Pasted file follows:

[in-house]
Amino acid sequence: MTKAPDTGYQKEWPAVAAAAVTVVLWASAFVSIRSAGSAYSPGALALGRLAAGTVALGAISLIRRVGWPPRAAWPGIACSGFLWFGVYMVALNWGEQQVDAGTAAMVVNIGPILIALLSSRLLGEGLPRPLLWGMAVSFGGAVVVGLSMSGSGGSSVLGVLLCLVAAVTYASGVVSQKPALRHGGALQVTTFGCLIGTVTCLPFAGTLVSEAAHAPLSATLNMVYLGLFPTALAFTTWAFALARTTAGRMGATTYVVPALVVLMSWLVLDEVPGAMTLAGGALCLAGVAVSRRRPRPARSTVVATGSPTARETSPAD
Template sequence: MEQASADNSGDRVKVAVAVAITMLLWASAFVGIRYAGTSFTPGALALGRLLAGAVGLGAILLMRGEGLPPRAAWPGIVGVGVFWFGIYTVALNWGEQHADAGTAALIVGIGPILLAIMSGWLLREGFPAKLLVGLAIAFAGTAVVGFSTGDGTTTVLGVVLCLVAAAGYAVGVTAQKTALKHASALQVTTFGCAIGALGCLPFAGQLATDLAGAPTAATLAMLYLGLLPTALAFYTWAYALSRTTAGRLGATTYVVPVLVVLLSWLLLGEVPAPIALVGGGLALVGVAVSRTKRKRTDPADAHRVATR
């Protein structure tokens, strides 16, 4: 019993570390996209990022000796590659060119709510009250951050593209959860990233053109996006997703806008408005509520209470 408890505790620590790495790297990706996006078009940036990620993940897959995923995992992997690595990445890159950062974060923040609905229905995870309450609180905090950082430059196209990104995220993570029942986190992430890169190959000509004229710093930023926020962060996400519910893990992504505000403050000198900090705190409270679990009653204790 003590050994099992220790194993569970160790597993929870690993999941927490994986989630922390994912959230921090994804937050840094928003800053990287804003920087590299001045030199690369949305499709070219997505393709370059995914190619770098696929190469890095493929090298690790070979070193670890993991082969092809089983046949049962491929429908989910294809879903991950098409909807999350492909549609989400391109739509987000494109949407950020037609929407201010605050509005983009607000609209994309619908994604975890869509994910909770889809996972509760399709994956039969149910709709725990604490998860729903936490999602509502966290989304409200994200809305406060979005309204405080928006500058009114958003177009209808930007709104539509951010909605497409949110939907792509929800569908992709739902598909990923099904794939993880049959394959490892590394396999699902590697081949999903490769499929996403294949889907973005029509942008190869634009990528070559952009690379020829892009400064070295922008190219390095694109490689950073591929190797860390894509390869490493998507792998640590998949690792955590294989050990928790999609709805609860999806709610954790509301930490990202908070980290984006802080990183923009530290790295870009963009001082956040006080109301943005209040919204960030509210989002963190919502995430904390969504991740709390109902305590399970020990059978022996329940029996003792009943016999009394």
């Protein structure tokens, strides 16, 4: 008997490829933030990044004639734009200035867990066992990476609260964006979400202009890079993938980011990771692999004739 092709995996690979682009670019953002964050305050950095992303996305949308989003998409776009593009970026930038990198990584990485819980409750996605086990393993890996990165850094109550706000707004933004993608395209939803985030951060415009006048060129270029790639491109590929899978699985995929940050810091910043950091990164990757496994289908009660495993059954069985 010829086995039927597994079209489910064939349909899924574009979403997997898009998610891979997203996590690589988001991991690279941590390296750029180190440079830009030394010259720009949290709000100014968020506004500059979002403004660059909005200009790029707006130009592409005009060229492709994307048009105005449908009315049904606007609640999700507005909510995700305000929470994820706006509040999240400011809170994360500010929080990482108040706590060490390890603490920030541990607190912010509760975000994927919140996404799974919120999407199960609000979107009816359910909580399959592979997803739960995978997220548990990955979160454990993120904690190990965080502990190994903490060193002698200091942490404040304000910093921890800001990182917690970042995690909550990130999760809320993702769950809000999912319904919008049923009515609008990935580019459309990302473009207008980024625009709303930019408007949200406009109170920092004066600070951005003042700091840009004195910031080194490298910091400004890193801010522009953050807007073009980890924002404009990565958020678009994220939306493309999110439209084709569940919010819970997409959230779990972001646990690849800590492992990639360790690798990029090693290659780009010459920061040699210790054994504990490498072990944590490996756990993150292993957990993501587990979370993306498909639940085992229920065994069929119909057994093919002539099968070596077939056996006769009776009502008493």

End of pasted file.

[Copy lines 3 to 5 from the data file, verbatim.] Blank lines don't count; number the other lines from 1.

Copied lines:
Template sequence: MEQASADNSGDRVKVAVAVAITMLLWASAFVGIRYAGTSFTPGALALGRLLAGAVGLGAILLMRGEGLPPRAAWPGIVGVGVFWFGIYTVALNWGEQHADAGTAALIVGIGPILLAIMSGWLLREGFPAKLLVGLAIAFAGTAVVGFSTGDGTTTVLGVVLCLVAAAGYAVGVTAQKTALKHASALQVTTFGCAIGALGCLPFAGQLATDLAGAPTAATLAMLYLGLLPTALAFYTWAYALSRTTAGRLGATTYVVPVLVVLLSWLLLGEVPAPIALVGGGLALVGVAVSRTKRKRTDPADAHRVATR
């Protein structure tokens, strides 16, 4: 019993570390996209990022000796590659060119709510009250951050593209959860990233053109996006997703806008408005509520209470 408890505790620590790495790297990706996006078009940036990620993940897959995923995992992997690595990445890159950062974060923040609905229905995870309450609180905090950082430059196209990104995220993570029942986190992430890169190959000509004229710093930023926020962060996400519910893990992504505000403050000198900090705190409270679990009653204790 003590050994099992220790194993569970160790597993929870690993999941927490994986989630922390994912959230921090994804937050840094928003800053990287804003920087590299001045030199690369949305499709070219997505393709370059995914190619770098696929190469890095493929090298690790070979070193670890993991082969092809089983046949049962491929429908989910294809879903991950098409909807999350492909549609989400391109739509987000494109949407950020037609929407201010605050509005983009607000609209994309619908994604975890869509994910909770889809996972509760399709994956039969149910709709725990604490998860729903936490999602509502966290989304409200994200809305406060979005309204405080928006500058009114958003177009209808930007709104539509951010909605497409949110939907792509929800569908992709739902598909990923099904794939993880049959394959490892590394396999699902590697081949999903490769499929996403294949889907973005029509942008190869634009990528070559952009690379020829892009400064070295922008190219390095694109490689950073591929190797860390894509390869490493998507792998640590998949690792955590294989050990928790999609709805609860999806709610954790509301930490990202908070980290984006802080990183923009530290790295870009963009001082956040006080109301943005209040919204960030509210989002963190919502995430904390969504991740709390109902305590399970020990059978022996329940029996003792009943016999009394």
């Protein structure tokens, strides 16, 4: 008997490829933030990044004639734009200035867990066992990476609260964006979400202009890079993938980011990771692999004739 092709995996690979682009670019953002964050305050950095992303996305949308989003998409776009593009970026930038990198990584990485819980409750996605086990393993890996990165850094109550706000707004933004993608395209939803985030951060415009006048060129270029790639491109590929899978699985995929940050810091910043950091990164990757496994289908009660495993059954069985 010829086995039927597994079209489910064939349909899924574009979403997997898009998610891979997203996590690589988001991991690279941590390296750029180190440079830009030394010259720009949290709000100014968020506004500059979002403004660059909005200009790029707006130009592409005009060229492709994307048009105005449908009315049904606007609640999700507005909510995700305000929470994820706006509040999240400011809170994360500010929080990482108040706590060490390890603490920030541990607190912010509760975000994927919140996404799974919120999407199960609000979107009816359910909580399959592979997803739960995978997220548990990955979160454990993120904690190990965080502990190994903490060193002698200091942490404040304000910093921890800001990182917690970042995690909550990130999760809320993702769950809000999912319904919008049923009515609008990935580019459309990302473009207008980024625009709303930019408007949200406009109170920092004066600070951005003042700091840009004195910031080194490298910091400004890193801010522009953050807007073009980890924002404009990565958020678009994220939306493309999110439209084709569940919010819970997409959230779990972001646990690849800590492992990639360790690798990029090693290659780009010459920061040699210790054994504990490498072990944590490996756990993150292993957990993501587990979370993306498909639940085992229920065994069929119909057994093919002539099968070596077939056996006769009776009502008493």